Many times, people go to court and expect an immediate ruling to be issued after speaking to the Judge. Sometimes you will find yourself ranting to the judge about the entire issue and you’re cut off, or the judge doesn’t immediately issue a ruling.
In domestic relations courts in Illinois, a court date is scheduled with a certain objective, such as status or a hearing. It is imperative to know the difference so that you (and your attorney if you have one) can be adequately prepared.
A “status” is where a judge is given an update regarding the case, and he or she can determine what steps, if any, are needed before the next scheduled court date. A status is not meant to take very long and usually is an update to the Judge. Most Judges schedule several status dates at one time on a given morning.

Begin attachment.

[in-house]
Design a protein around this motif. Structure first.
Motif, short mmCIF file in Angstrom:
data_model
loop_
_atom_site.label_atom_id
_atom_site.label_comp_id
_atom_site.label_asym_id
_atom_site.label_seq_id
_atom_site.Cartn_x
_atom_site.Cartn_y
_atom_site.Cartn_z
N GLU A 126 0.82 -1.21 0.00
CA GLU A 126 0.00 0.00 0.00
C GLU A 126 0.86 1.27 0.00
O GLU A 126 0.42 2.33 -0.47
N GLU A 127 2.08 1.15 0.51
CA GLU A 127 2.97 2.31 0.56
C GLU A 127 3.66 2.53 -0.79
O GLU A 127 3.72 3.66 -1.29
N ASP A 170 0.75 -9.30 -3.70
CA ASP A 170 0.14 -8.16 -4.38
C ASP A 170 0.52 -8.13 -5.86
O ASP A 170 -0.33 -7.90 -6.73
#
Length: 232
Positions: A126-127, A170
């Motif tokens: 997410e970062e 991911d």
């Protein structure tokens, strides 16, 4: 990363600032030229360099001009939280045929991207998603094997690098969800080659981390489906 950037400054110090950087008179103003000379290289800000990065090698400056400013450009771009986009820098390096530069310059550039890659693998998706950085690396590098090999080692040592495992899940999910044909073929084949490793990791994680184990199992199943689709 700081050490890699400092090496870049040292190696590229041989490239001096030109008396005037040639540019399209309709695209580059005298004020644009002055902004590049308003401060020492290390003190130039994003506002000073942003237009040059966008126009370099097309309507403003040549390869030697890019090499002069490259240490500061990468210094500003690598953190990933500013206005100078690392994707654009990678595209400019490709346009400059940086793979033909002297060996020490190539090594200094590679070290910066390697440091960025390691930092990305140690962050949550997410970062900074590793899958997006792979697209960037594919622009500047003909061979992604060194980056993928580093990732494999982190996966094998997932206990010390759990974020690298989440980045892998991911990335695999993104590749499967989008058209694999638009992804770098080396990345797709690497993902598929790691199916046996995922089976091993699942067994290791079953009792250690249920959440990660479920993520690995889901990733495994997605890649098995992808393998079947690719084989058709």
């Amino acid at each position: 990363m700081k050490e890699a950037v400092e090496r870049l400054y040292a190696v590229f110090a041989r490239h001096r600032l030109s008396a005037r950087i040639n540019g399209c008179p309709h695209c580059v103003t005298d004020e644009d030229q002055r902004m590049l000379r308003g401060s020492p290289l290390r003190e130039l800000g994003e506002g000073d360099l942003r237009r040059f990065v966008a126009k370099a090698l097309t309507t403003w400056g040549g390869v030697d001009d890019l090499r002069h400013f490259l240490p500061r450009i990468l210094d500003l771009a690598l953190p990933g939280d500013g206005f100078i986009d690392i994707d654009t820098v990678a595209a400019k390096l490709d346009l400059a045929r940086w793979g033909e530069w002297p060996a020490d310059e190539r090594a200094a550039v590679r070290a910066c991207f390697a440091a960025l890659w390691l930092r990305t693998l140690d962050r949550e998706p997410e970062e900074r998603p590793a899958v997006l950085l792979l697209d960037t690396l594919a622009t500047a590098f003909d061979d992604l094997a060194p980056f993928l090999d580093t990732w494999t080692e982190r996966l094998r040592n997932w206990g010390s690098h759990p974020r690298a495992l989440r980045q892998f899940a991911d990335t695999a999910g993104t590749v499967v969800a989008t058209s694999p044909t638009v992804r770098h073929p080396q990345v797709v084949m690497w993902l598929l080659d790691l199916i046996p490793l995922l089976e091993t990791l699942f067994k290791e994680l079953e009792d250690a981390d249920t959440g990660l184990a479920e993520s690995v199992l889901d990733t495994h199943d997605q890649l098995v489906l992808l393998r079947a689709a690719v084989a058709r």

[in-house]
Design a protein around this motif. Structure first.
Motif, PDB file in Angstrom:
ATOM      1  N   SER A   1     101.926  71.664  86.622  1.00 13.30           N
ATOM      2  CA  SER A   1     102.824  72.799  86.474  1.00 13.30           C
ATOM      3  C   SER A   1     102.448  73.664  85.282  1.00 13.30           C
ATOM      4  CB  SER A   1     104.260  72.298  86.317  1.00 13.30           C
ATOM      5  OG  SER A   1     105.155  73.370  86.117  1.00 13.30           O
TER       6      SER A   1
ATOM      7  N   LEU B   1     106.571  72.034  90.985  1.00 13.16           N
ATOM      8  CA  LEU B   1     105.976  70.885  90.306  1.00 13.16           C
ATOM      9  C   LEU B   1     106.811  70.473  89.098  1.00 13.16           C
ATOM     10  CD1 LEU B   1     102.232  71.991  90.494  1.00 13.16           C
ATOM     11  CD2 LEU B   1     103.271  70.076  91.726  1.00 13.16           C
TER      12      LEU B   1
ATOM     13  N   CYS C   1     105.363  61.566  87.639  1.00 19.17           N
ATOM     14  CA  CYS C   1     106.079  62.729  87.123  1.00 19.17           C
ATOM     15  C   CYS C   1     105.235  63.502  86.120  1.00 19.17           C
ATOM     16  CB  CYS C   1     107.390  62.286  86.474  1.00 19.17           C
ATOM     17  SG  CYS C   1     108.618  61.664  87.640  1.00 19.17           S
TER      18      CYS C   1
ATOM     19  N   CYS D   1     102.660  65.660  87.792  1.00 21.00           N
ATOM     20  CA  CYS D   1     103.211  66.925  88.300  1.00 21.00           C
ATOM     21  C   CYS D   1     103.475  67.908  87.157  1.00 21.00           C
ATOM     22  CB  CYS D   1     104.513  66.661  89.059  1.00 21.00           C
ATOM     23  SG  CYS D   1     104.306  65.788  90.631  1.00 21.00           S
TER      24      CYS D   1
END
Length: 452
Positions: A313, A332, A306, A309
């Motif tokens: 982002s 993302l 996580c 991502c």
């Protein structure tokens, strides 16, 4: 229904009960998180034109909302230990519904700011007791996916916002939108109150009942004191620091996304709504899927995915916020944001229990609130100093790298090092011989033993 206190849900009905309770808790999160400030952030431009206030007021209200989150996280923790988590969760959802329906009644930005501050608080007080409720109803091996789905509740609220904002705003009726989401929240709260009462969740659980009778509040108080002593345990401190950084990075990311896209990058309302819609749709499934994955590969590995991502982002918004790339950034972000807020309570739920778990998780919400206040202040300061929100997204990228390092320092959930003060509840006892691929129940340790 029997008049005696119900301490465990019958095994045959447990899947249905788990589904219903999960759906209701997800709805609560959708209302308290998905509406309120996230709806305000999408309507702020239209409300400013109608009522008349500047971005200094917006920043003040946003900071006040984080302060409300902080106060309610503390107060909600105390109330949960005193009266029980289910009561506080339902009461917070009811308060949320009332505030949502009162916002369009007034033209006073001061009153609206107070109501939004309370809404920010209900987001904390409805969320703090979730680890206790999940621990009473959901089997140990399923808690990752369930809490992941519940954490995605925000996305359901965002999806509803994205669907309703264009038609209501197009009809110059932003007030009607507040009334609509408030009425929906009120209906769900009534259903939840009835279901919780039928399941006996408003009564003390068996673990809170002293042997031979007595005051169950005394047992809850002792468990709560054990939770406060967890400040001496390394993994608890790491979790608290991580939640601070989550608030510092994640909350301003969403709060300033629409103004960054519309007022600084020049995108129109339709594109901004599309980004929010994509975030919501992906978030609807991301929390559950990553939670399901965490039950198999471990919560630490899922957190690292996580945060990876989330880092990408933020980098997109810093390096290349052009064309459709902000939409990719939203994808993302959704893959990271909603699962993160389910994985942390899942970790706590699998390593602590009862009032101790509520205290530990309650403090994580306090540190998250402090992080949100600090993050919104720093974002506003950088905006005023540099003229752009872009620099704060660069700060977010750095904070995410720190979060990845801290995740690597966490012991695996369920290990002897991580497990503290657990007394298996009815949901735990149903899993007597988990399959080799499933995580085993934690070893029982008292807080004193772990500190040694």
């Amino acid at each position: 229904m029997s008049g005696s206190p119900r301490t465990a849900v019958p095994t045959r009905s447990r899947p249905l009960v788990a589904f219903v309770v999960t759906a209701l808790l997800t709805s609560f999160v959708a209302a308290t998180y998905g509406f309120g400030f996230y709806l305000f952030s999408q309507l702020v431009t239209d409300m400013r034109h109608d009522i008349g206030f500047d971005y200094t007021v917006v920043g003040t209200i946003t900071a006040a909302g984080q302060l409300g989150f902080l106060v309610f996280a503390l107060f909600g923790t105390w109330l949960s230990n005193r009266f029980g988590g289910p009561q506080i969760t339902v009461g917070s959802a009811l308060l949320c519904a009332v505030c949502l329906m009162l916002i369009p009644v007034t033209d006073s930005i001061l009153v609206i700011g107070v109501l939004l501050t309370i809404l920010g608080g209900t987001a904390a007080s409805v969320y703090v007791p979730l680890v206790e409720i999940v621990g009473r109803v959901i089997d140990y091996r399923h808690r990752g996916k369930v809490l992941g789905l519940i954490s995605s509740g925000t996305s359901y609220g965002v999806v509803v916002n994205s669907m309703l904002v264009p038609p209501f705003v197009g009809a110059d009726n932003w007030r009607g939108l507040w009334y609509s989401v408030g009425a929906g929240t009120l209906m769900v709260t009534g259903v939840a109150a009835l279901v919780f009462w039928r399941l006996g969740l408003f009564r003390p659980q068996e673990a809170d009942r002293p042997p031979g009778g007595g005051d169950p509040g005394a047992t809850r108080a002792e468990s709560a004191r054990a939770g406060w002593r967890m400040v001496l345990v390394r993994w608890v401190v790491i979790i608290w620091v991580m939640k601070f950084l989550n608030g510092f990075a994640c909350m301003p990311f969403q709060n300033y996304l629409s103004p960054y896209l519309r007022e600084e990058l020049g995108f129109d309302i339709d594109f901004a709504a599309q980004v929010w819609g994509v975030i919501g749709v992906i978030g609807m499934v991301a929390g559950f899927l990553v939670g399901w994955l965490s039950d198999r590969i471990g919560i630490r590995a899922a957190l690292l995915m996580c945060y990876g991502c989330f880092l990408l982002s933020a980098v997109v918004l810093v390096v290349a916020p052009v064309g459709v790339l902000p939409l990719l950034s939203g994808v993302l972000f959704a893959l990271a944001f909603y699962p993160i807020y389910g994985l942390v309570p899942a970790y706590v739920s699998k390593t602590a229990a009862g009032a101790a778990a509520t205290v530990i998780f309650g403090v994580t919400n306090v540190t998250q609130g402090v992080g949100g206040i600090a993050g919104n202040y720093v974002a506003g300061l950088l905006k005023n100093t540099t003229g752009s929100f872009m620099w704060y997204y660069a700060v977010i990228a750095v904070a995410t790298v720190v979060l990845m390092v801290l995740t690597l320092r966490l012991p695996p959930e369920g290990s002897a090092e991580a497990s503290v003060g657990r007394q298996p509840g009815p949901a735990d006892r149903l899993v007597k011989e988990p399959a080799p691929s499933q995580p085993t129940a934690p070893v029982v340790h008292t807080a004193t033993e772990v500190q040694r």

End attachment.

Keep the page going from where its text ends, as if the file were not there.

A “hearing” on the other hand gives the parties a chance to give testimony and present evidence and other information. A hearing gives the Judge more relevant information about the case, and he or she is more likely to issue a significant decision. During a hearing, the Judge usually allocates more time for you to speak related to your case. The Judge will review evidence and even allow testimony from not only you, but your witnesses (if it applies).
Knowing if your next court date is a status or hearing can allow you to understand what you need to bring to court and what you can generally expect. It can help you from being frustrated because you thought you were there for a hearing and it was just a status.